filter forming part of the PSU unit for the 701 ES panel. The intended crossover
frequency was to be between 400 - 600 Hz and after some testing 500 Hz provided
the best results. The creation of the low pass filter to included the use of
large series inductor capable of dealing with high current delivery whilst distortion
was kept low. In addition high spec custom wound capacitors were employed. The
cost of these alone would have paid for a conventional cheap loudpeaker system
of the day.
The Bass Unit
bass unit was designed with the intention that it should handle the lowest four
octaves of the Fq range with inputs of 25 watts and less than 1% distortion.
In 1969 this was considered impossible by most, however the designers set about
the task deciding on the use of a 12" unit (resonance below 40Hz with free
air resonance in the region of 18 - 22 Hz). Designers began experimenting with
new materials for the cone. The original driver cones were formed using expanded
polystyrene, this material was considered an obvious choice as there were no
mid/high frequencies involved. However testing showed that the material was
coloured in the 200 - 400 Hz region. Energy was being lost at the apex of the
cone due to kinetic conversion within the polystyrene, the polystyrene was partially
breaking up and providing this unwanted colouration.
The final cone assembly is a laminated (I assume paper) construction in order
to provide the stiffness required. It is further braced and mass adjusted by
small rectangular synthethic rubber sections affixed the the front face of the
cone at critical positions (the speakers featured in this page have no such
rubber sections. I can only assume that advances were made to the drive unit
that negated the need for the extra bracing at time of production September
measurements were made of the completed system with particular attention paid
to polar response charts at all key frequencies. Needless to say the speaker
measured very well, however some unusual measurements were noted whereby the
axial plot beacame less smooth as dispersion increased. This was not attributed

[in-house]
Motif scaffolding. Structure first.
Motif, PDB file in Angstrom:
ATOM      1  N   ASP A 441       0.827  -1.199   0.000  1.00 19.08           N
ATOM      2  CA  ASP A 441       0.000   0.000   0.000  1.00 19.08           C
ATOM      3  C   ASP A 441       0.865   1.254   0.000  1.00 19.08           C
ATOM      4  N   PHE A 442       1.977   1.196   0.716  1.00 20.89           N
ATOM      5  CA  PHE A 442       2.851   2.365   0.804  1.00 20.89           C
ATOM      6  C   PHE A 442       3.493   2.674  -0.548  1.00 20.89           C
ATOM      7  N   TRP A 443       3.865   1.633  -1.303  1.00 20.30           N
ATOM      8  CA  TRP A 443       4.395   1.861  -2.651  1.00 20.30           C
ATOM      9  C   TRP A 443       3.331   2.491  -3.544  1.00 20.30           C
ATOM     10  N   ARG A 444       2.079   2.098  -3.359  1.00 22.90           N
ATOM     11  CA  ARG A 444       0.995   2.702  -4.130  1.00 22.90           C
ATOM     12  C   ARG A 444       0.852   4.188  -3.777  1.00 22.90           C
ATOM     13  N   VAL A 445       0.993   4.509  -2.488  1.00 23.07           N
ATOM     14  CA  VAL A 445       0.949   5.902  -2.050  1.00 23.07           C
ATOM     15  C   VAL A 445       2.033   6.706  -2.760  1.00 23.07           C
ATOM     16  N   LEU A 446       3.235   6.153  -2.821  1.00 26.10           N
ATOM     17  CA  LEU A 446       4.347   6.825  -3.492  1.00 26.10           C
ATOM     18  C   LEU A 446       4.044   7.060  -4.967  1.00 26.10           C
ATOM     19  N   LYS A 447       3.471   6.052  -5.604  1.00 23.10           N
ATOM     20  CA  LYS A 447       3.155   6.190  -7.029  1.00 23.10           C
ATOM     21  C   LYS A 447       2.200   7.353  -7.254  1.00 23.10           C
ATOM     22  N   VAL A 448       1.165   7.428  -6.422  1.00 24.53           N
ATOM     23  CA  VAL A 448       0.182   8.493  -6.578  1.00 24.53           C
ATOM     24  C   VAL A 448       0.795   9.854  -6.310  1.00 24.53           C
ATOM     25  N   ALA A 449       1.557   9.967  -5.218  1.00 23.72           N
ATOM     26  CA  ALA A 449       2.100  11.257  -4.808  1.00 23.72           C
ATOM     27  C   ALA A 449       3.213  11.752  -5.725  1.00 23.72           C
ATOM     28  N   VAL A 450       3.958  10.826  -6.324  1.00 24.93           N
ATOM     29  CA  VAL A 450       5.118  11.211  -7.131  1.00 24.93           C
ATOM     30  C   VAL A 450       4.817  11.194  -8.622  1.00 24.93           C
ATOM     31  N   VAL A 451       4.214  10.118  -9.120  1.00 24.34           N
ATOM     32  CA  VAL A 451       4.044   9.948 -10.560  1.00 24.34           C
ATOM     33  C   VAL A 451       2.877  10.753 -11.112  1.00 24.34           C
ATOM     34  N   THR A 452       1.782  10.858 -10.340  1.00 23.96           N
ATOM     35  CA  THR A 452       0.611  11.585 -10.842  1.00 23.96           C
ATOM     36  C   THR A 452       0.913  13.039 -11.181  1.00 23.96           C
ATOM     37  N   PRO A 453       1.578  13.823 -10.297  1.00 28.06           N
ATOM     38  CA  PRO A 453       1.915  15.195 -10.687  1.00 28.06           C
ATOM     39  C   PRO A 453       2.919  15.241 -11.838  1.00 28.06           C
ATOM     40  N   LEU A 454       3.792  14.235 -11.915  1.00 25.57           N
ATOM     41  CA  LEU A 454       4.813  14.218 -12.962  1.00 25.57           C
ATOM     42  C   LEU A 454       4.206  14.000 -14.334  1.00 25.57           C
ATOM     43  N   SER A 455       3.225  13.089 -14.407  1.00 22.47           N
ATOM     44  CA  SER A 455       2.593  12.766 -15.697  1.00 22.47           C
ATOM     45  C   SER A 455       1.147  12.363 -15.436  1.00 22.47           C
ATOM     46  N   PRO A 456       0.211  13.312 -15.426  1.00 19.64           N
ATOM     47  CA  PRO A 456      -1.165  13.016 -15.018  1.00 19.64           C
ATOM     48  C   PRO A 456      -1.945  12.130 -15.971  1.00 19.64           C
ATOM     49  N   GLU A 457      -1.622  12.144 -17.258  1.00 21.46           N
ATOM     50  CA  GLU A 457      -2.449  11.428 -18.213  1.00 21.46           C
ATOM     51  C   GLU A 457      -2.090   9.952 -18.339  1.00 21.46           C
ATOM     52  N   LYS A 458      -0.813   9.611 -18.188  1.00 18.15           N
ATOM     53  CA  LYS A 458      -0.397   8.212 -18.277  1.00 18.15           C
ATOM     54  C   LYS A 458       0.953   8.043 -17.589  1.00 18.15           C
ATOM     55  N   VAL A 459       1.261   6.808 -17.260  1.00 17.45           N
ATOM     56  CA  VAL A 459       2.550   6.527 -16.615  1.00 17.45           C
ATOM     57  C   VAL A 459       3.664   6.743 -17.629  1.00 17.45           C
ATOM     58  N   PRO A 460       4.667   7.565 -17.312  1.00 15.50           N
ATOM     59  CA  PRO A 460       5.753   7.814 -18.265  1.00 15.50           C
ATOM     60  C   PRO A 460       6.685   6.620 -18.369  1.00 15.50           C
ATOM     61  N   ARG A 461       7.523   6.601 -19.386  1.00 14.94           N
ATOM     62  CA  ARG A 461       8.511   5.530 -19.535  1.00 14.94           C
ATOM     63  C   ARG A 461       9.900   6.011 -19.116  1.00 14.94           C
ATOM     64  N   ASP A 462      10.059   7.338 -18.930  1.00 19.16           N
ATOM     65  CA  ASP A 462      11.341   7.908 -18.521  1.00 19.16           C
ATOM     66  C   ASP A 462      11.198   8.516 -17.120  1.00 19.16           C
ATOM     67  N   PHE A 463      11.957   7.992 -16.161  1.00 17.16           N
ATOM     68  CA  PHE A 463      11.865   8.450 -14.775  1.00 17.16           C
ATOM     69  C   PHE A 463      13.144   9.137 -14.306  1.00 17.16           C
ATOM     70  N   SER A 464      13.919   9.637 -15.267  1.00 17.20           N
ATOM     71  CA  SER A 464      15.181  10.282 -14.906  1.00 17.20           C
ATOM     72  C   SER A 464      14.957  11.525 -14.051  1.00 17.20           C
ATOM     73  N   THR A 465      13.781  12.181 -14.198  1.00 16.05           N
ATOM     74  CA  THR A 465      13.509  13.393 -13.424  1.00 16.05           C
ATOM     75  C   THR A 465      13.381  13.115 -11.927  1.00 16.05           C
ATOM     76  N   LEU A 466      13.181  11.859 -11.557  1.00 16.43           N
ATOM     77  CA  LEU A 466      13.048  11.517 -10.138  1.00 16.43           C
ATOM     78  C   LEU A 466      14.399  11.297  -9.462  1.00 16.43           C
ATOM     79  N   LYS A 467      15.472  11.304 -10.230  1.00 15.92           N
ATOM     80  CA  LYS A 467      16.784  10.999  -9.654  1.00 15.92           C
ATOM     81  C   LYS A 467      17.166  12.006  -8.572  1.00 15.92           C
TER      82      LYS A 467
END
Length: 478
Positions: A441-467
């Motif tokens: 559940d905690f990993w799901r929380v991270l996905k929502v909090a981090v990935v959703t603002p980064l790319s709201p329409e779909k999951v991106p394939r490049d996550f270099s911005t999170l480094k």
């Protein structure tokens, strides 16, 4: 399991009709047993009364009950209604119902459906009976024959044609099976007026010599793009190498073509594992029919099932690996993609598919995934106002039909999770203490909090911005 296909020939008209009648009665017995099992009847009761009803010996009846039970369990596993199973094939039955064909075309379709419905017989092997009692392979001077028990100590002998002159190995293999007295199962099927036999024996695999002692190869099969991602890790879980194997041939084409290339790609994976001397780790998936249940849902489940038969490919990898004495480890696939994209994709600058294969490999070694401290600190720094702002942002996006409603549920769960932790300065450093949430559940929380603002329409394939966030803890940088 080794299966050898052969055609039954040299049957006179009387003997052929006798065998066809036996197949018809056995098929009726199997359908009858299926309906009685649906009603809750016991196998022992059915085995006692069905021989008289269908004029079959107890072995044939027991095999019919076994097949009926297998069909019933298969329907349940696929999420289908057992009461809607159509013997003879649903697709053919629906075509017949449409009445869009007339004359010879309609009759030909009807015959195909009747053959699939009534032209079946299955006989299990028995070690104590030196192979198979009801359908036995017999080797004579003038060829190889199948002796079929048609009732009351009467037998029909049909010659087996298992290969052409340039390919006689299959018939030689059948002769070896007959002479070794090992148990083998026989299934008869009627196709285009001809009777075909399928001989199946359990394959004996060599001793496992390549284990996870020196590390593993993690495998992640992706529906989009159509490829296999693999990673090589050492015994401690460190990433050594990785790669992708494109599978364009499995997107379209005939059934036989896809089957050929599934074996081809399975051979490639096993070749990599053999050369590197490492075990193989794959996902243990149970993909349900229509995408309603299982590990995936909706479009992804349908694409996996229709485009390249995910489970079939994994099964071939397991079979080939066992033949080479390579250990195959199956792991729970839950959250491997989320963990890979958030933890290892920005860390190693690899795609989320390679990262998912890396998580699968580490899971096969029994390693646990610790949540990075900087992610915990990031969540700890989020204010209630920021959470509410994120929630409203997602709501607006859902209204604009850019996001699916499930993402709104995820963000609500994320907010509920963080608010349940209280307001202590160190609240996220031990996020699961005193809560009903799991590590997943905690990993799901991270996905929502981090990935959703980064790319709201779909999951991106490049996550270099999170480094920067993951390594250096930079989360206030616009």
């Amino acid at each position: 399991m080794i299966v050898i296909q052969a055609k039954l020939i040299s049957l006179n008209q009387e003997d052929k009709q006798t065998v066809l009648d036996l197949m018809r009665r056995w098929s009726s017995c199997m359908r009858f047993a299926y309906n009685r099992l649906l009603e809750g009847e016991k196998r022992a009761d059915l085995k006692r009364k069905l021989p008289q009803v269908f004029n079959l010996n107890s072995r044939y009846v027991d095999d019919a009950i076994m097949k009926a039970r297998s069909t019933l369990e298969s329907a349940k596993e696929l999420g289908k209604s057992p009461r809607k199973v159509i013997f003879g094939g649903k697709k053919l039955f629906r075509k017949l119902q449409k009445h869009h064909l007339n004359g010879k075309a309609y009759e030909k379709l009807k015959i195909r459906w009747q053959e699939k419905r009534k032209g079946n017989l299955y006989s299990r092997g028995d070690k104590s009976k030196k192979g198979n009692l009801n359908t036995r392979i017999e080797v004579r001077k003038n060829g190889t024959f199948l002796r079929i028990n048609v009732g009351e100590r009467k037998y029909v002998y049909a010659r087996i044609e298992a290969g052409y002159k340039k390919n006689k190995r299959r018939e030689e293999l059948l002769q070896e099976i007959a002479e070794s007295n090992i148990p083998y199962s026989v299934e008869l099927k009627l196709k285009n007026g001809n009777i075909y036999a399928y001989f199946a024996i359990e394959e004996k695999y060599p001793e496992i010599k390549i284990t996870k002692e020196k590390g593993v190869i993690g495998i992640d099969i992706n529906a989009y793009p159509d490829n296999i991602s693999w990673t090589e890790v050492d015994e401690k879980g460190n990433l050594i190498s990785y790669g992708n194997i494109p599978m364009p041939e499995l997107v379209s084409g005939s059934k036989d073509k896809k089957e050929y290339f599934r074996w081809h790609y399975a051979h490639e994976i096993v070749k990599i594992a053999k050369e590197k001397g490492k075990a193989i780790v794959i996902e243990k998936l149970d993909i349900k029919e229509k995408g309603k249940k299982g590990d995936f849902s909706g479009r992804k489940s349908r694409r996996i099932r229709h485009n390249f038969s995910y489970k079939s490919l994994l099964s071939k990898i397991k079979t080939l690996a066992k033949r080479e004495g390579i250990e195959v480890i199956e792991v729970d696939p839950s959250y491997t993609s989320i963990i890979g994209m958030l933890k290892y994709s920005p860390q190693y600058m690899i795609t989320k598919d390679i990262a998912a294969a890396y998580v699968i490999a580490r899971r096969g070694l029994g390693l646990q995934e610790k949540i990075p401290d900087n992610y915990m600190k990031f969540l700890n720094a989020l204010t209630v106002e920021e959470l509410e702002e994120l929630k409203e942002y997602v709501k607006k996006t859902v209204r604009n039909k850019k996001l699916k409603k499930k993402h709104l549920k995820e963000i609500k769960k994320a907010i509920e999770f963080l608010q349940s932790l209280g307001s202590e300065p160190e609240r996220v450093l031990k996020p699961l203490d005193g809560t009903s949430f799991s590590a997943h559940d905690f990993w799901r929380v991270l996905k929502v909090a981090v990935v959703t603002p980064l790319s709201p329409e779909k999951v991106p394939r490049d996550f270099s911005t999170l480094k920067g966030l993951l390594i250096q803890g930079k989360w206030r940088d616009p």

to design problems with the loudspeaker itself, it was found that the anechoic
chamber used for the testing was not truely anecoic and also there were issues
with the calibration microphone which was being used. As a result a whole new
range of calibration microphones and testing equipment was purchased. How often
is it that the speakers on test show the testing equipment to be flawed?
was decided that two different versions of the DM70 be produced. One was intended
for the home market and another for a broader market with "Continental"
styling. both cabinet styles are very substantial units with hefty 24 mm thick
chipboard panels covered with real wood veneers. Each speaker weighs in at around
34 Kg's and are mounted on either wooden feet (domestic market) or a custom
metal stand (continental version) The domestic version was available in American
oiled teak or walnut, with the Continental available in satin white or walnut.
It was intended to introduce a rosewood finish as an option but I guess that
it never happened (I have never seen any), the DM70 was a very expensive unit
and I am not sure that it was ever a commercial success.
I hope to have produced a page which answers questions about this
enigmatic and fine example of British audio history. However I fear that the
page still falls short. Now that the page is advanced I may contact B&W
and try to find out more about the DM 70 story. They deserve more recoqnition.
If I find out more I will let you all know.
Matt O'D 2006